We can make it happen if we set our minds to it. If we – who are in a privileged position to lead our peoples – accept our responsibilities.If we cast aside indecisiveness.If we look beyond the narrow pursuit of ideological and national interests.
We can make it happen if we adopt – not half-heartedly but resolutely so – the principles of justice and fairness.
Let’s start with the United Nations itself. Its lofty ideals are as relevant today as when it was founded. However, its structures of governance – in particular, the Security Council – are not. In today’s world, it represents a fundamentally undemocratic and unrepresentative institution.
The same is applicable to the international organisations set up in the wake of the creation of the United Nations. We have to make them relevant to the realities of the present era.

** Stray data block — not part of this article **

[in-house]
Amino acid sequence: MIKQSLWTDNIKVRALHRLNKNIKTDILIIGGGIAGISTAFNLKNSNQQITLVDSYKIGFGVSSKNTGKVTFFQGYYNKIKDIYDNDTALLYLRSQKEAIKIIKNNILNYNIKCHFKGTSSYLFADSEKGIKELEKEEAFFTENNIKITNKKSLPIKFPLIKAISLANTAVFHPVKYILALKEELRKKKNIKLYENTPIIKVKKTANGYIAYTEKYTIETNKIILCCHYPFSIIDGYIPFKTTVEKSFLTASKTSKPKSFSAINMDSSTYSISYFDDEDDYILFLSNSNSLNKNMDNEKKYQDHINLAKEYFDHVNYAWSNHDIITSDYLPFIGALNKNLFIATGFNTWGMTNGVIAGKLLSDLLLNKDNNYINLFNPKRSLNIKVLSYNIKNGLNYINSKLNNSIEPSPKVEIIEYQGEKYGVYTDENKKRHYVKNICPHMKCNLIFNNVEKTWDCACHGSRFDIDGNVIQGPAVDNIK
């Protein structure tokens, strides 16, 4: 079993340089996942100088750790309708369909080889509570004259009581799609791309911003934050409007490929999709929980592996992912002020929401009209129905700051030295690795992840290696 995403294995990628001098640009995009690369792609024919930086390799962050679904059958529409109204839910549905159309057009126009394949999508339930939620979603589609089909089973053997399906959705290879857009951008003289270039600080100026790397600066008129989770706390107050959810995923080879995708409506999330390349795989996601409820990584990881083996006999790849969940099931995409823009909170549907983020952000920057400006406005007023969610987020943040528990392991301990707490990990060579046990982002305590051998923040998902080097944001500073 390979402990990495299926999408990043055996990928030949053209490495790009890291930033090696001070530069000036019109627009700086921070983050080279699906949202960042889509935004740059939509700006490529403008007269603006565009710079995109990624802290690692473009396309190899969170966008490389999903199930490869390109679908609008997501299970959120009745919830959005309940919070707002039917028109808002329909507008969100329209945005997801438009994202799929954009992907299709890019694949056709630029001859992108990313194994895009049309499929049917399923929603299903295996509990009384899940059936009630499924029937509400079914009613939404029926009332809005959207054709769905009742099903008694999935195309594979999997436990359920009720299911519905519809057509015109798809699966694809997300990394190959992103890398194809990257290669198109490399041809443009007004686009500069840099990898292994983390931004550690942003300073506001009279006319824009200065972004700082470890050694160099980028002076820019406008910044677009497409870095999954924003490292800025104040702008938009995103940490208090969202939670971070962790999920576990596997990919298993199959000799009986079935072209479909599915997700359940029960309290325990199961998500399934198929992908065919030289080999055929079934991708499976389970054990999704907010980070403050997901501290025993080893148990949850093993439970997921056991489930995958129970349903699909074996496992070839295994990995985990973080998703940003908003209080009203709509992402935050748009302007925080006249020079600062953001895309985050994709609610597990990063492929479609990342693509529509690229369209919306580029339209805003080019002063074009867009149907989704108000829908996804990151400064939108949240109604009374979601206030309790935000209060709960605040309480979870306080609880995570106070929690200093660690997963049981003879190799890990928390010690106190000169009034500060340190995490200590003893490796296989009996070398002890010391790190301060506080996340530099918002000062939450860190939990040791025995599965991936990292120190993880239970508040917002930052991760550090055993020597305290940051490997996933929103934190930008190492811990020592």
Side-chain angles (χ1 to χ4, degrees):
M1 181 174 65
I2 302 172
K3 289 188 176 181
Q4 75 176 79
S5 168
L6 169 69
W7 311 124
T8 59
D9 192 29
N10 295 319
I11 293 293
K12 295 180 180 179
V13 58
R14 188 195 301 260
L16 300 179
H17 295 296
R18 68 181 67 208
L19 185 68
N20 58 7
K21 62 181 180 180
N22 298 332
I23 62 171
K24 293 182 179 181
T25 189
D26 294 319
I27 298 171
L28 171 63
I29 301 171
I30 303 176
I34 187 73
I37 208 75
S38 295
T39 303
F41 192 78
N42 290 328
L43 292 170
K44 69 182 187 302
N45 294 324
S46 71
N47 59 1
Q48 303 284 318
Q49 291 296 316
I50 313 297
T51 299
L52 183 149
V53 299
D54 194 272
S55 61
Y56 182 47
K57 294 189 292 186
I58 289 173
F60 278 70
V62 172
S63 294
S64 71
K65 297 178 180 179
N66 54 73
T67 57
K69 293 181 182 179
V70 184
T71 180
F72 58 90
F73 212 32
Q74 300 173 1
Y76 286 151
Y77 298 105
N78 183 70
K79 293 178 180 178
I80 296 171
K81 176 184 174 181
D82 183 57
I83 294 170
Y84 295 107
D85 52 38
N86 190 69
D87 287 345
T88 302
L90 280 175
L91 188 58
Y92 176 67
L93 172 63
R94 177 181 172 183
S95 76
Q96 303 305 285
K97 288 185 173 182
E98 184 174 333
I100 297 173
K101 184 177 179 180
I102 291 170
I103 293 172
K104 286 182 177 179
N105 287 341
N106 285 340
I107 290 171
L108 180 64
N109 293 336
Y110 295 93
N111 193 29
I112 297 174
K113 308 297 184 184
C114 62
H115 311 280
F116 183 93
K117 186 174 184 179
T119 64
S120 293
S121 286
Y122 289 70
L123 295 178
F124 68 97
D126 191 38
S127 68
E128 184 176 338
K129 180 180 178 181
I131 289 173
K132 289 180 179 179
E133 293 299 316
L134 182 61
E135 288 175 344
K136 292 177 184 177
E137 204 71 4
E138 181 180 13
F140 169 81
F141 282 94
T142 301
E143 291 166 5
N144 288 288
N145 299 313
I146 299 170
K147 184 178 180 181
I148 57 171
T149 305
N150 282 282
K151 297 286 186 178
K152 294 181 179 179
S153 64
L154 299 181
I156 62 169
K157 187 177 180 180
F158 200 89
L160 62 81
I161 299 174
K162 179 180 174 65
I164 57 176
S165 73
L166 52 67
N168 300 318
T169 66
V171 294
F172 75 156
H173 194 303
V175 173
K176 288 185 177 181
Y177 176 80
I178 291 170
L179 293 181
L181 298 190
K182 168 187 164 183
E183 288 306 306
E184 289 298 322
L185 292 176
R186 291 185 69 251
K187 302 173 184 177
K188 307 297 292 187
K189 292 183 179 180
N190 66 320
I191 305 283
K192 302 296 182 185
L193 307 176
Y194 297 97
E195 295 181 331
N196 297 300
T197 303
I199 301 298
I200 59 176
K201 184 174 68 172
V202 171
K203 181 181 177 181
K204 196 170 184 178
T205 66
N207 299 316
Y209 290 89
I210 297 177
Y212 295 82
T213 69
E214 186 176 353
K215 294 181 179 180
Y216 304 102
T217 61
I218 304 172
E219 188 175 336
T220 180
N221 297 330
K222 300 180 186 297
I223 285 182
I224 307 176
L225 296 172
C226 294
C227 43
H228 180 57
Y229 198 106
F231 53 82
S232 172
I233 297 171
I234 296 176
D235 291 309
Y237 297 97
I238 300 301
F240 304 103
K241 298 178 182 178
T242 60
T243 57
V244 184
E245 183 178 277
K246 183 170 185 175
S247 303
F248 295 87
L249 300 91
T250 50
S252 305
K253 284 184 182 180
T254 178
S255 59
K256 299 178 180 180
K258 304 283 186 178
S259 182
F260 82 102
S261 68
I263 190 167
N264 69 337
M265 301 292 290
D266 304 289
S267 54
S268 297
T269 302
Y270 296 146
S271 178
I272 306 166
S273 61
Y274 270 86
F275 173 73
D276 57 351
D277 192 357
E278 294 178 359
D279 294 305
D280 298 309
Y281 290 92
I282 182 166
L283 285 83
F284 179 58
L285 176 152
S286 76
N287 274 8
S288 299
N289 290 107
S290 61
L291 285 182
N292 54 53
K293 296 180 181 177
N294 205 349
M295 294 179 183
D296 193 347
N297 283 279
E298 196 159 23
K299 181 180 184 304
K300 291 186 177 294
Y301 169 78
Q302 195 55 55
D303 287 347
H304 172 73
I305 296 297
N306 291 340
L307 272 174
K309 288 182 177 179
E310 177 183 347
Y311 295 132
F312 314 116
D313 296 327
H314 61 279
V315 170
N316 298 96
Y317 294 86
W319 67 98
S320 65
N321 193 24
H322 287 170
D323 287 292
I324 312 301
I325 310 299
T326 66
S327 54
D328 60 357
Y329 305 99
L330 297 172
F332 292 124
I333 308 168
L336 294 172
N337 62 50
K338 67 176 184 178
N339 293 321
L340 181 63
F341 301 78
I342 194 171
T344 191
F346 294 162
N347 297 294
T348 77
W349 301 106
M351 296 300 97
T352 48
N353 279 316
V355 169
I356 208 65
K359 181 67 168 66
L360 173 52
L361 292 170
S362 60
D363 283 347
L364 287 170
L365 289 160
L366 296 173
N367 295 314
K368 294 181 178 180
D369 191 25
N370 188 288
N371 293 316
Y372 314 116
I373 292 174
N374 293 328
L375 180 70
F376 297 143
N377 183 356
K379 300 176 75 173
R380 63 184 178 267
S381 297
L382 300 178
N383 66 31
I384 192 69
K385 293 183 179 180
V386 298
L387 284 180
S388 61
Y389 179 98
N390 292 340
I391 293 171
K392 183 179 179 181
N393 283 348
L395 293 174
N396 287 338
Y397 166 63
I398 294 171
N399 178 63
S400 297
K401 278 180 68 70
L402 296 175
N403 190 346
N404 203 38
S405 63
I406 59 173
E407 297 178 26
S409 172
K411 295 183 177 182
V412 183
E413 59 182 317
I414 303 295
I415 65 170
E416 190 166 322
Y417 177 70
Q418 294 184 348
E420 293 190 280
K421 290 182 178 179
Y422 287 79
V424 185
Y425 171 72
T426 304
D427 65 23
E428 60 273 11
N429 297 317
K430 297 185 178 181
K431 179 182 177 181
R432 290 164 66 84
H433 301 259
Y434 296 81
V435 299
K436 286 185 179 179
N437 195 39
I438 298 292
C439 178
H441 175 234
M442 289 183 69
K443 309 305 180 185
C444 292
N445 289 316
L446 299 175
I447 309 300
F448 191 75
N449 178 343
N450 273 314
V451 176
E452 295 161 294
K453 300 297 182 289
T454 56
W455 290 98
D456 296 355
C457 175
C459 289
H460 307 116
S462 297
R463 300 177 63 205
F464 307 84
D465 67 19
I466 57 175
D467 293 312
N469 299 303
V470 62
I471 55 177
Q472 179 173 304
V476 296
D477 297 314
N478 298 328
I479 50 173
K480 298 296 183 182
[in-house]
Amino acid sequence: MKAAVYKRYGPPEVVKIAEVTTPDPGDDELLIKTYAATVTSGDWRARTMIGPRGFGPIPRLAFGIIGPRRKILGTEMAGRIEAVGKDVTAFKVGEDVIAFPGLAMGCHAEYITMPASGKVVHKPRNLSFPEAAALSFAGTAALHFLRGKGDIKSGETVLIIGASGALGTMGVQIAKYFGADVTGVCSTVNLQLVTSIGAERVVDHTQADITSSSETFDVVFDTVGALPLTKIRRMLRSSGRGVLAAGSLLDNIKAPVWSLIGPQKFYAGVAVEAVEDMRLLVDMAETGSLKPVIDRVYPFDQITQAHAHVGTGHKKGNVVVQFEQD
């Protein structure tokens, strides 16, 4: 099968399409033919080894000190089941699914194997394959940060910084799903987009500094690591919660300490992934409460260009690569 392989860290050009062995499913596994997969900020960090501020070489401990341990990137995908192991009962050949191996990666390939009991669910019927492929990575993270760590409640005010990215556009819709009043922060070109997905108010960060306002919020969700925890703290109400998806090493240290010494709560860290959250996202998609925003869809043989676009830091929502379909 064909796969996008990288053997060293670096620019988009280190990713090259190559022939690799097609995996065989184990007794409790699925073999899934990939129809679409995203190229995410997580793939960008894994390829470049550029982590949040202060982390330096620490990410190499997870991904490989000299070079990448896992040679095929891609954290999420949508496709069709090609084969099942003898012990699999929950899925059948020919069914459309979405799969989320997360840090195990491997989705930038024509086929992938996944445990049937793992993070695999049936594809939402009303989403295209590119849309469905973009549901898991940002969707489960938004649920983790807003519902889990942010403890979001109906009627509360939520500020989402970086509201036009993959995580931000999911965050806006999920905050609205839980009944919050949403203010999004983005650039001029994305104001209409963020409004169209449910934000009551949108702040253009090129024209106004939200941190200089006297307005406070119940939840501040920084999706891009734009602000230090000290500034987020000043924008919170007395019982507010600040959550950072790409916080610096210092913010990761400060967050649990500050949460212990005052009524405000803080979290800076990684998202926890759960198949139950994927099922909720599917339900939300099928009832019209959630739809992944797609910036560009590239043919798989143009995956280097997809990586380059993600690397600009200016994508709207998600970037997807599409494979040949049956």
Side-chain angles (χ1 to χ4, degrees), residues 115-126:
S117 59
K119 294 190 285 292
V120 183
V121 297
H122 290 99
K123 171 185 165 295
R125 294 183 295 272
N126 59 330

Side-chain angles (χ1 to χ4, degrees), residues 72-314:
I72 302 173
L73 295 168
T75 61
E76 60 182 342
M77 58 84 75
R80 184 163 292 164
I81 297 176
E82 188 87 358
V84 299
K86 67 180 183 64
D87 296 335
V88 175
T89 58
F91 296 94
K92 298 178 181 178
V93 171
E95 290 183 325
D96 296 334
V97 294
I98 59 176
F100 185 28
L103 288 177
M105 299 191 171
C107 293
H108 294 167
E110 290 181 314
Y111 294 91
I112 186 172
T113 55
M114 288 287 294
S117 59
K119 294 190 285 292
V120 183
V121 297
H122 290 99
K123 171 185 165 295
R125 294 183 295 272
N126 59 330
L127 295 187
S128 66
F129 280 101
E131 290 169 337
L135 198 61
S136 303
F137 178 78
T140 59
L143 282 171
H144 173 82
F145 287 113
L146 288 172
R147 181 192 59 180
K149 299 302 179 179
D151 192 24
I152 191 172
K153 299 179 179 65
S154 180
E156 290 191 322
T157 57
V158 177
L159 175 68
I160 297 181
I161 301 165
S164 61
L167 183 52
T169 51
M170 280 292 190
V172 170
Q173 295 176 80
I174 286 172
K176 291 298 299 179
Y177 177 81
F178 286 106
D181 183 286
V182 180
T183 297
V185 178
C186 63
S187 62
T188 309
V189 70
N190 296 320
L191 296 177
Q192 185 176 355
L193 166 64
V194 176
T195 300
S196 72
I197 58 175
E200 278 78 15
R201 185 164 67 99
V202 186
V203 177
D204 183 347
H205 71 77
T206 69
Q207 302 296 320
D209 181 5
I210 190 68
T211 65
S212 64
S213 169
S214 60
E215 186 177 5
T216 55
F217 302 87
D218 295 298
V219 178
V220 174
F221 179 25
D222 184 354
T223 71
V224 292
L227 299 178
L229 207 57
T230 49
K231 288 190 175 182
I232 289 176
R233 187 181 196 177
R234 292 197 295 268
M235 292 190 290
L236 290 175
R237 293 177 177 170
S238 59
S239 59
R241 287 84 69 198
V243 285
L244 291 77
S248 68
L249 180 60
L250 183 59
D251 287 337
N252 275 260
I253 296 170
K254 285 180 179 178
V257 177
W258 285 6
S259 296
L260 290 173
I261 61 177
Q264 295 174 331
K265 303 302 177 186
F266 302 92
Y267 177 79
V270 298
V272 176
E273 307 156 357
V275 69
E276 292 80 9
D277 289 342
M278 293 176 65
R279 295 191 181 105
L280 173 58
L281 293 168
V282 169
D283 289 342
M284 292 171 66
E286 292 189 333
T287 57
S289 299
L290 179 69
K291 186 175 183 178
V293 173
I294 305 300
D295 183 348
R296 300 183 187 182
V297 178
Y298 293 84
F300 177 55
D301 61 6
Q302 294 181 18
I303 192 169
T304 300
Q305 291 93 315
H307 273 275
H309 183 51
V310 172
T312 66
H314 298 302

We need action, determination and commitment to set things right and to make them all relevant to the century we live in. And to give true meaning to an all-inclusive and participatory democracy.
We also need resolute action for the spirit and essence of sustainable development to be truly embraced globally. Many challenges still remain. Especially forSmall Island Developing States (SIDS).We are the sentinels of nature and the guardians of our oceans. But the actions or inaction – as the case may be – of others threaten our livelihood and very existence.
As Pope Francis has just highlighted we must break the present growth model and give primacy to the protection of nature over consumerism, thereby minimising the effects of climate change.
Climate change is not of the making of SIDS, yet we bear the full brunt of it. That is why we shall never cease to raise the issue in every forum, including this one. Because we are the conscience of the world.